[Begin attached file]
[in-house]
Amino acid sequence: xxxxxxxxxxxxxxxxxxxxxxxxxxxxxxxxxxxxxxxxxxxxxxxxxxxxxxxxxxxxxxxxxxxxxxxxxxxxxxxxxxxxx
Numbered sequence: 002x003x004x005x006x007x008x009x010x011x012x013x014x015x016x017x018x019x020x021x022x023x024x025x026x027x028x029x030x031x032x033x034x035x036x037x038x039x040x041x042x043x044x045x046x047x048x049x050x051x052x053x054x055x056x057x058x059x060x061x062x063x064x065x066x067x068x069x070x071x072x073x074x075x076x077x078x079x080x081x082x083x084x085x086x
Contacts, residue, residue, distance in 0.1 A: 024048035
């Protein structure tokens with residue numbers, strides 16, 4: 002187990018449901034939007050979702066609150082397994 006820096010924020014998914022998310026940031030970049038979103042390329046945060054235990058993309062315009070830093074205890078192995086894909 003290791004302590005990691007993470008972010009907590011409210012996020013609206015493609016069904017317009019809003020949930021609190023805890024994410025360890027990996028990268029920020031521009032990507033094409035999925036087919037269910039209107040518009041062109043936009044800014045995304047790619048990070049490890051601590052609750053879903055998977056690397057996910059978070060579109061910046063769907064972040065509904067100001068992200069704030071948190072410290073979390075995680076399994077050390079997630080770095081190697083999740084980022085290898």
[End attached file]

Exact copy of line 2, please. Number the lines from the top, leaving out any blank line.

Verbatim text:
Amino acid sequence: xxxxxxxxxxxxxxxxxxxxxxxxxxxxxxxxxxxxxxxxxxxxxxxxxxxxxxxxxxxxxxxxxxxxxxxxxxxxxxxxxxxxx